NIH working on vaccine for Chinese pneumonia outbreak

The National Institutes of Health is trying to create a vaccine to prevent infections caused by the new strain of coronavirus that has been linked to the pneumonia outbreak in China, which has sickened about 150 and killed four, according to CNN.

Anthony S. Fauci, MD, director of the NIH's National Institute of Allergy and Infectious Diseases, told CNN that the first phase of the clinical trials would begin in a few months and it could take more than a year for a vaccine to be available.

The virus outbreak originated in Wuhan, China, and has since spread to other places in China as well as Thailand, South Korea and Japan. It was recently confirmed that the new virus, which originated in animals, also spreads through human transmission, and World Health Organization officials are considering whether the outbreak should be declared a global health emergency.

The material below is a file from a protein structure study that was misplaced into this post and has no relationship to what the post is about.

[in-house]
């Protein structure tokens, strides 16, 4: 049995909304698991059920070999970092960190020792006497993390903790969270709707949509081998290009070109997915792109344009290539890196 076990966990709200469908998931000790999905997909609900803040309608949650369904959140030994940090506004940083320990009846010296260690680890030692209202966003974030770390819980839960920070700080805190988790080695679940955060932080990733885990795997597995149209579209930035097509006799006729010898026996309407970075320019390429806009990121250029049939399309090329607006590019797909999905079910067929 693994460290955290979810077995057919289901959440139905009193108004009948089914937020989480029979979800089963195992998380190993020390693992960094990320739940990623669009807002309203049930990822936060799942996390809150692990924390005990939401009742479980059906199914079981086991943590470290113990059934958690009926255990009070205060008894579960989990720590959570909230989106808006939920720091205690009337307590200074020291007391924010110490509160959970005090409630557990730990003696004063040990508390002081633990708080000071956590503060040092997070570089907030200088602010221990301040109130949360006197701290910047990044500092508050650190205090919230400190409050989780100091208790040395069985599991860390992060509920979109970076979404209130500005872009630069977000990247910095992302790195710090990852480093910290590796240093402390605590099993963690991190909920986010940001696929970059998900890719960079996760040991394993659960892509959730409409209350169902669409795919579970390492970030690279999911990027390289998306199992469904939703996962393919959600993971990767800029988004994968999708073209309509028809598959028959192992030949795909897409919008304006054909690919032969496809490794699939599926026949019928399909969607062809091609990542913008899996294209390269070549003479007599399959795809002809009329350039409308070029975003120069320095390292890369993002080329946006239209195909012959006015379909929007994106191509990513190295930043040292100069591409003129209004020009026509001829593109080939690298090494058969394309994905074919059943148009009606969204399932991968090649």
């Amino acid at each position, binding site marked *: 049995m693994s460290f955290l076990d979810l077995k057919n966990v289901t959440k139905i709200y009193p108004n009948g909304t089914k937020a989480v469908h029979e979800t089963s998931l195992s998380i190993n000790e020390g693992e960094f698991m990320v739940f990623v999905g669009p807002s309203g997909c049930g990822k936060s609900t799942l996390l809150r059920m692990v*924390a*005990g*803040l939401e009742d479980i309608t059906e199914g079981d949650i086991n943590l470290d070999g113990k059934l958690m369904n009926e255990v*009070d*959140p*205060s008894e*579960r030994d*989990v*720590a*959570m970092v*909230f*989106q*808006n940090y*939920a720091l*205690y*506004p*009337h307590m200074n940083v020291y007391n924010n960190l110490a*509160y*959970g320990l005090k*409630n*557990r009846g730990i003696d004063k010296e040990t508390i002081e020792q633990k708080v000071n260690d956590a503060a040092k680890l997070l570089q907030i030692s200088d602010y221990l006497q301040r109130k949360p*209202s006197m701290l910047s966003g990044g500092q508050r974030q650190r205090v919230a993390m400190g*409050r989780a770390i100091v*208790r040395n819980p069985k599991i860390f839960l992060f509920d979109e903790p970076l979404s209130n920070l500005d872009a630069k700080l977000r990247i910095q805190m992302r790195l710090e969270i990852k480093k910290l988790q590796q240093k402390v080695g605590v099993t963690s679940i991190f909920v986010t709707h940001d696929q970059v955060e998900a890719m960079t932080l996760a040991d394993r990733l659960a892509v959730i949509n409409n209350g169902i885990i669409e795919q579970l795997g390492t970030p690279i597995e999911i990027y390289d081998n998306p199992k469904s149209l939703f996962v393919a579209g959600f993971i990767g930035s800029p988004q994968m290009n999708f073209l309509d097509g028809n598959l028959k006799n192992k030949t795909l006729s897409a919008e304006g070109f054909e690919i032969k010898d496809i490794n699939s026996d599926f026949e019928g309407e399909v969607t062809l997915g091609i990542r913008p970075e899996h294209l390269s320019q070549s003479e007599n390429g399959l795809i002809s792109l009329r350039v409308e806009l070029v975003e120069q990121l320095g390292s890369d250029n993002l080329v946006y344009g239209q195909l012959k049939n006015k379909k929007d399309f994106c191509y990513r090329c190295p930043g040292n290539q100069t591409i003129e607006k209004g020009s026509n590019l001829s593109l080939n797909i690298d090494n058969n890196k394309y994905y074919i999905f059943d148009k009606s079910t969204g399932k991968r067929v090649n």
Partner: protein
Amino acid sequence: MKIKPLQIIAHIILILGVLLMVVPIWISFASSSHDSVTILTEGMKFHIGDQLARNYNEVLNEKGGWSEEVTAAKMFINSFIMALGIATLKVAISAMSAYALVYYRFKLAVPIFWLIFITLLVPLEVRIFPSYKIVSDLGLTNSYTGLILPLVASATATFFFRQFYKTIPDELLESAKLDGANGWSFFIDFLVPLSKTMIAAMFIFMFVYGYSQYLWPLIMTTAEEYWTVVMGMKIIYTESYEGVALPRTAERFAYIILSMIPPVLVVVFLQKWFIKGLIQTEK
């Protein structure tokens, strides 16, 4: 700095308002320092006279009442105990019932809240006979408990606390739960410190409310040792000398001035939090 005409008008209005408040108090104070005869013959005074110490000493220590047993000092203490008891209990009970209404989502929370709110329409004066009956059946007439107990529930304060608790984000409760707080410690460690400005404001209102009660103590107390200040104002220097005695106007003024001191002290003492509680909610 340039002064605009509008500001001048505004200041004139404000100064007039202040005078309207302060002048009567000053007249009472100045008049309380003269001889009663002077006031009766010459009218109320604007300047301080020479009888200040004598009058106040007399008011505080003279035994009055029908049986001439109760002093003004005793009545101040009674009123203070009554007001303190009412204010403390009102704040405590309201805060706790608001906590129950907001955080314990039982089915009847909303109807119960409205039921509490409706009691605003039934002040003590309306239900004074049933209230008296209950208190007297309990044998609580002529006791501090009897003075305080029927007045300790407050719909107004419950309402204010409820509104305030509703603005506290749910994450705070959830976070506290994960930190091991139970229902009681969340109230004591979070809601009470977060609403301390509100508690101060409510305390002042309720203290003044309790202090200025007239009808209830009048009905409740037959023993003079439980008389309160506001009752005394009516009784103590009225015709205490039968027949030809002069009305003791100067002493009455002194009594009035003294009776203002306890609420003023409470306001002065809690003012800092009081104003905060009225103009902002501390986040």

The new strain of coronavirus is in the same family as the virus that causes Severe Acute Respiratory Syndrome and Middle East Respiratory Syndrome, both of which have killed hundreds in the last two decades.

Dr. Fauci told CNN that there is a lot that is still unknown about the new strain, including how easily it can spread from human to human.

"Is it a continual spread? Is it sustained? We're not quite sure yet," he said.

He also said that it's "an evolving situation" and one that has to be taken very seriously.

More articles on clinical leadership and infection control:
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